pages = "429--443",
editor = "Duffin, {C. J.} and Moody, {R. T. J.} and C. Gardner-Thorpe",
booktitle = "A history of geology and medicine",
address = "United Kingdom",

}

RIS

TY - CHAP

T1 - Dr Arthur Conan Doyle's contribution to the popularity of pterodactyls

AU - Martill, David

AU - Pointon, T.

PY - 2013

Y1 - 2013

N2 - Pterodactyls or pterosaurs, well-known flying reptiles of the Mesozoic, were already compared with dragons and vampires well before the discovery of the spectacularly large species from North America with wing spans of over 6 m. First described in 1784, they were not recognized as flying reptiles until 1801, when Baron Cuvier described a specimen that a few years later he called Ptero Dactyle which later became Pterodactylus. The name Pterodactylus is technically invalid – it is a junior synonym of Ornithocephalus Soemmerring 1812 – but it has stuck in the psyche of both palaeontologists and public alike. By the end of the nineteenth century numerous workers had compared pterosaurs with demons, dragons and vampires and life restorations had appeared in books, magazines and as gargoyles on the external architecture of the Natural History Museum, London. Sir Arthur Conan Doyle, famously the creator of Sherlock Holmes, was a polymath, with interests in science, sport, politics, travel, the occult and of course writing. He trained as, and became, a physician, with an eventually thriving general practice in Southsea, Hampshire from 1882 to 1890. In 1912, first as a series in Sunday magazines in the USA and in Strand Magazine in the UK, and shortly after as a hardback, he published The Lost World, an adventure story about the exploration of a South American tableland with prehistoric creatures that had persisted to the present. Although dinosaurs existed in this anachronistic fictional ecosystem, the ‘star’ animals were pterodactyls. Here we discuss the notoriety of pterodactyls generated by The Lost World, and hold Conan Doyle responsible for the widespread popularity of these iconic prehistoric reptiles right up to the present day.

AB - Pterodactyls or pterosaurs, well-known flying reptiles of the Mesozoic, were already compared with dragons and vampires well before the discovery of the spectacularly large species from North America with wing spans of over 6 m. First described in 1784, they were not recognized as flying reptiles until 1801, when Baron Cuvier described a specimen that a few years later he called Ptero Dactyle which later became Pterodactylus. The name Pterodactylus is technically invalid – it is a junior synonym of Ornithocephalus Soemmerring 1812 – but it has stuck in the psyche of both palaeontologists and public alike. By the end of the nineteenth century numerous workers had compared pterosaurs with demons, dragons and vampires and life restorations had appeared in books, magazines and as gargoyles on the external architecture of the Natural History Museum, London. Sir Arthur Conan Doyle, famously the creator of Sherlock Holmes, was a polymath, with interests in science, sport, politics, travel, the occult and of course writing. He trained as, and became, a physician, with an eventually thriving general practice in Southsea, Hampshire from 1882 to 1890. In 1912, first as a series in Sunday magazines in the USA and in Strand Magazine in the UK, and shortly after as a hardback, he published The Lost World, an adventure story about the exploration of a South American tableland with prehistoric creatures that had persisted to the present. Although dinosaurs existed in this anachronistic fictional ecosystem, the ‘star’ animals were pterodactyls. Here we discuss the notoriety of pterodactyls generated by The Lost World, and hold Conan Doyle responsible for the widespread popularity of these iconic prehistoric reptiles right up to the present day.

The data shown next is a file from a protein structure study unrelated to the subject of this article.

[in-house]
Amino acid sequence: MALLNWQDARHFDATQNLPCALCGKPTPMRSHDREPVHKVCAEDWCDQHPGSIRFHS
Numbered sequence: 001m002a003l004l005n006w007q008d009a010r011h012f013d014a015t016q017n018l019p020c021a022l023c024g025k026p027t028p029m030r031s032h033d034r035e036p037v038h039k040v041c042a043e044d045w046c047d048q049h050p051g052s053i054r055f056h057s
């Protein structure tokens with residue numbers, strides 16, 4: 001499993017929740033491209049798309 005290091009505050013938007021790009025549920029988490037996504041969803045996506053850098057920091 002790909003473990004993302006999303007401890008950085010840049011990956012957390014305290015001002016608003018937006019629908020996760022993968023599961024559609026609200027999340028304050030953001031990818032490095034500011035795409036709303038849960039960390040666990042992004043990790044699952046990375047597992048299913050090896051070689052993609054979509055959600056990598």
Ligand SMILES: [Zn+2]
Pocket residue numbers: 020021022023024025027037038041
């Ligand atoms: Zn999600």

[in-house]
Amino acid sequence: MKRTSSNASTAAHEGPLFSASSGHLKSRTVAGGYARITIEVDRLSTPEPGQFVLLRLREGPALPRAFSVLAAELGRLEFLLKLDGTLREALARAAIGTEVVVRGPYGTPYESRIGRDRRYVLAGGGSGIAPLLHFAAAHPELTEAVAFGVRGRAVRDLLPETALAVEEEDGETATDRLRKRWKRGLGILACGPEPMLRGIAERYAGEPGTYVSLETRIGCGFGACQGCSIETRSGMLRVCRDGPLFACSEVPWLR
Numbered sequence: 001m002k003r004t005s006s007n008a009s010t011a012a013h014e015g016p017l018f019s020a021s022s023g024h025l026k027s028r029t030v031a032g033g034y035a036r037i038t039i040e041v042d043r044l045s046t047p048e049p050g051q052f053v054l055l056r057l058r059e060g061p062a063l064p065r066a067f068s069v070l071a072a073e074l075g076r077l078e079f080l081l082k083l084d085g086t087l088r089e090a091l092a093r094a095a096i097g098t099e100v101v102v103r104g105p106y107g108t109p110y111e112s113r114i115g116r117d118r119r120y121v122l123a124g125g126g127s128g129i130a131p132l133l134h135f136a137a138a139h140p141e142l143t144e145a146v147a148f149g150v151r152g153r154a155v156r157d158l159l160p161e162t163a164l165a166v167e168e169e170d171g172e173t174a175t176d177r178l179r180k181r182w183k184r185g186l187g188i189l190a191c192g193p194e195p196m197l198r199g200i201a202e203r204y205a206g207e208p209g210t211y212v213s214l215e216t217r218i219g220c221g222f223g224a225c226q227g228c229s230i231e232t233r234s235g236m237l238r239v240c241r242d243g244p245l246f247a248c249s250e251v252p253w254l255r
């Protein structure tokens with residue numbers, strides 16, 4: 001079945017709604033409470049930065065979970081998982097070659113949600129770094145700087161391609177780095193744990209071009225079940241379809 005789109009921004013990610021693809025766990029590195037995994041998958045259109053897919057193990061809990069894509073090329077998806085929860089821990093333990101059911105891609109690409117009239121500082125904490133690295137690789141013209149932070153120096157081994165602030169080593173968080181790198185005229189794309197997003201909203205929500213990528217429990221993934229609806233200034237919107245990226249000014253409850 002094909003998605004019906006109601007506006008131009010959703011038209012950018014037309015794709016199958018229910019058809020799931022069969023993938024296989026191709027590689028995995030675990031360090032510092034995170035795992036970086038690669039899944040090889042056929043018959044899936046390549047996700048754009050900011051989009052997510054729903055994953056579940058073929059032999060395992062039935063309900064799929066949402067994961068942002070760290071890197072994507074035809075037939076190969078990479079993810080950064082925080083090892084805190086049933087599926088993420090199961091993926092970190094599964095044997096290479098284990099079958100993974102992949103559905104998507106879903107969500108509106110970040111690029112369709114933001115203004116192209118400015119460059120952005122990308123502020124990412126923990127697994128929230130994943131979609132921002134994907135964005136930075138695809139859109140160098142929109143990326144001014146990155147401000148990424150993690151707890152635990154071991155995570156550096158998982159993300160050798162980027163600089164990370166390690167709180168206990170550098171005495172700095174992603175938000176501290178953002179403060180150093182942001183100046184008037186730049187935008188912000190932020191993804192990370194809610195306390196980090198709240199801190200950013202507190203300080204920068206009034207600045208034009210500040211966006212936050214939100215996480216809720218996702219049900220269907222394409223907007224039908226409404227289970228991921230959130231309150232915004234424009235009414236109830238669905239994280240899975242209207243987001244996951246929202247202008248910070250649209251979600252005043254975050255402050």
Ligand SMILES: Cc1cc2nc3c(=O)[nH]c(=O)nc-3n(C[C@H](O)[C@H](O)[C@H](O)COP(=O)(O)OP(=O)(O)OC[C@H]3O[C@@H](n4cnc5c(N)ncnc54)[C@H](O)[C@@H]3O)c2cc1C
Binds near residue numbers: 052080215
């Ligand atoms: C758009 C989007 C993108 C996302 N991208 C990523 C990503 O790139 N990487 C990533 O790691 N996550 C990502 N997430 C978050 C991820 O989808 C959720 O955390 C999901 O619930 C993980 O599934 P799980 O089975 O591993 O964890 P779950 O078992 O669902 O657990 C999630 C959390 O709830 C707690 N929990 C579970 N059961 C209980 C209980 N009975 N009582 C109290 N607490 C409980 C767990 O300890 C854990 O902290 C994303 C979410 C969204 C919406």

U2 - 10.1144/SP375.19

DO - 10.1144/SP375.19

M3 - Chapter (peer-reviewed)

SN - 9781862393561

T3 - Geological Society, London, Special Publications

SP - 429

EP - 443

BT - A history of geology and medicine

A2 - Duffin, C. J.

A2 - Moody, R. T. J.

A2 - Gardner-Thorpe, C.

PB - Geological Society of London

CY - Bath

ER -

ID: 945180